Photography studio, gallery and training complex

What The Holga Is The Fuss About (Part 2)

Further thoughts on my “discovery” of the Holga.

One of my very first Holga shots.

Format  : So it’s plastic, with a plastic lens, and the back is held on by tape, and it shoots film. Not just any film, mind you. My Holga also shoots 120 roll film – not even the easiest film format to get your hands on – although there’s also a 35mm Holga. I could even (as I mentioned in Part 1) adapt my 120 Holga to shoot 35mm with a few more “mods”.

I have the option of 6x6cm or 6×4.5cm formats, simply by selecting one of the two easily-fitted inserts. I’m choosing the lovely square 6x6cm format, but I’ve removed the insert altogether which maximises the vignette effect that these cameras are known for whilst also providing a nice (some think) “bled” border to the negative. As with most 120 cameras, 6×6 gives 12 exposures and 6×4.5 gives 15 exposures. I’ve chosen to shoot on 6×6 square format even though this presents additional problems working out what will be included in the frame compared with what I can see through the viewfinder.

Operation : Well. It won’t take long to explain this at least – Shutter speed is about 1/100 second. End of. Aperture is either f8(ish) or f11(ish) and that’s the exposure control explained. There are a few focus options on the lens, but as you view through a separate viewfinder, there’s no way of knowing whether you’re in focus or not. The pictorial guide on the focussing ring is exactly that, a guide. Minimum focussing distance is said to be about 3-4 feet although the quirks of the plastic lens mean that nothing seems to ever be truly either in focus or out of focus.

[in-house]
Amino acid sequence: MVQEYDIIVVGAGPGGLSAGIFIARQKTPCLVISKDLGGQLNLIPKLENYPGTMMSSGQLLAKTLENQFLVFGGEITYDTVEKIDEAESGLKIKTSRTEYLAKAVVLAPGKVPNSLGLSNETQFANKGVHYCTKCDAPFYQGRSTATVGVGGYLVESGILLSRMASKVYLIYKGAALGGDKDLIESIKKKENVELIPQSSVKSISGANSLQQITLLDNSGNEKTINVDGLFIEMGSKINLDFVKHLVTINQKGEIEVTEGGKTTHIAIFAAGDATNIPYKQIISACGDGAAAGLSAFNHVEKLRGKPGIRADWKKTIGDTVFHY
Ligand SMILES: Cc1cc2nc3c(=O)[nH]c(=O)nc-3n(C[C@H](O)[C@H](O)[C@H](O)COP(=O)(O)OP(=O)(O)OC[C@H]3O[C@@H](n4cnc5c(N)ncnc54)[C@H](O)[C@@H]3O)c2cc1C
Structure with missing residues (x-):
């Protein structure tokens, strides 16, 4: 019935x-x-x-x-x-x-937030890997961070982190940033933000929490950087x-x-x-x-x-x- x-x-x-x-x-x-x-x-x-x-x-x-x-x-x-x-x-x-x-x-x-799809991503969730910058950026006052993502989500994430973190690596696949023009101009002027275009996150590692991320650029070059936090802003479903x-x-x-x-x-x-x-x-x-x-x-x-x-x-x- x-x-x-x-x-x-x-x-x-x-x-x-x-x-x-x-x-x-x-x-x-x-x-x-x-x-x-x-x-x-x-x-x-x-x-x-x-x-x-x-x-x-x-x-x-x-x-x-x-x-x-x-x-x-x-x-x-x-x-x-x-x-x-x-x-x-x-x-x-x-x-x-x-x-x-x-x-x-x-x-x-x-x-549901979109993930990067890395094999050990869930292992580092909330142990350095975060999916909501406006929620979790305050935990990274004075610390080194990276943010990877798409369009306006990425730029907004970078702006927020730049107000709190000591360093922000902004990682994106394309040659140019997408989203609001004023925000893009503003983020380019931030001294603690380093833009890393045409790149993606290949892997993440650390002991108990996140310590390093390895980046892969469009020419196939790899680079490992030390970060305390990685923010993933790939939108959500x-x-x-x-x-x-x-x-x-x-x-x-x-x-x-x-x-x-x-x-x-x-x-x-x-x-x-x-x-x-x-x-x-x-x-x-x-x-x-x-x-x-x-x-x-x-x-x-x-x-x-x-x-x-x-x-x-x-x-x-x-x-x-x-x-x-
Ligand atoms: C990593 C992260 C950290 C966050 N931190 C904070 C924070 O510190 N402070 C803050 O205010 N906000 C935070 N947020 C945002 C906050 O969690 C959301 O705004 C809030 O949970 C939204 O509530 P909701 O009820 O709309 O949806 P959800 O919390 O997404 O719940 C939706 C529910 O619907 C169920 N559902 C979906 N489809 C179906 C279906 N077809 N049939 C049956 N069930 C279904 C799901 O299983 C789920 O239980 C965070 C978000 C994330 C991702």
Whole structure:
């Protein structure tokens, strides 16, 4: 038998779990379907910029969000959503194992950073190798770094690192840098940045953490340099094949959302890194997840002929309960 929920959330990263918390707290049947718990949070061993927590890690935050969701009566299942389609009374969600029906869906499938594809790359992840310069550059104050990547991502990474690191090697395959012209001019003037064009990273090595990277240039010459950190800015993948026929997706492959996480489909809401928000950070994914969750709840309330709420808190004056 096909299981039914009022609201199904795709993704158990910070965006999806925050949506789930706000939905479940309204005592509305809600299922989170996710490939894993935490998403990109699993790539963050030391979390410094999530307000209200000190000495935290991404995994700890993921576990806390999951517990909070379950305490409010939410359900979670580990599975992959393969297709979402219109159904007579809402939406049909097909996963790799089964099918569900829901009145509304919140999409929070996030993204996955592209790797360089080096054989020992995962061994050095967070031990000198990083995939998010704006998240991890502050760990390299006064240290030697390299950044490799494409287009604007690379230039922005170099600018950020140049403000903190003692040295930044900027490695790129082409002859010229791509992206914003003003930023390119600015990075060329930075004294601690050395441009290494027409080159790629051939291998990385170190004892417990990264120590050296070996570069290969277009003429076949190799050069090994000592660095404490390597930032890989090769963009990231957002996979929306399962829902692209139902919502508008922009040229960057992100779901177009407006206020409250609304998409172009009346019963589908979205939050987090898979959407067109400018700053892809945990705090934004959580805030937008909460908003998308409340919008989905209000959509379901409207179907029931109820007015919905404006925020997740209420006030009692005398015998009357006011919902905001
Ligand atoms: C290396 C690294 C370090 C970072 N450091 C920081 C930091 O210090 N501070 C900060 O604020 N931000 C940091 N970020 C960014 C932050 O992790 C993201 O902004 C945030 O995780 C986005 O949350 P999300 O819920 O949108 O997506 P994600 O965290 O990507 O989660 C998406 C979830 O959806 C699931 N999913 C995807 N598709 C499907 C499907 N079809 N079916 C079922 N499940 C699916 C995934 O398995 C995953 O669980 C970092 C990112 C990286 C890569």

Creative Liberation? : I’ve read (including in “Plastic Cameras”) that photographers find using the Holga a liberating experience because of the simple lack of options compared with your regular digital camera with its bewildering range of menu possibilities – just point and shoot.

That’s not necessarily my own experience though. I know my Nikon DSLR well enough to be able to take acceptable pictures in almost any lighting situation without too much stress or pre-planning. That isn’t the situation with the Holga – I have to pre-plan every shot I take. I know enough about photography to know that given the limited setting options provided by the Holga, there is a minimal range of lighting situations in which the camera will produce what would normally be thought of as acceptable results. With the cost of film + trade developing (excluding any scanning) amounting to close on £10 a film, I’m loathe to shoot away without the expectation of at least a reasonable yield of printable images for my trouble.

Consequently, I choose the film I use to be the most versatile in our miserable climate, usually 400 ISO. Apart from that I simply don’t even take a shot if I guess that the light isn’t right.

But this is, I think, the real value in my experiments with the Holga: I have had to approach taking photographs in a different, more thoughtful and deliberate way, just as I did when I exclusively used medium format film cameras. I’m flexing my “visualisation muscle” again and I’d say that’s no bad thing. – retailers of Holgas and


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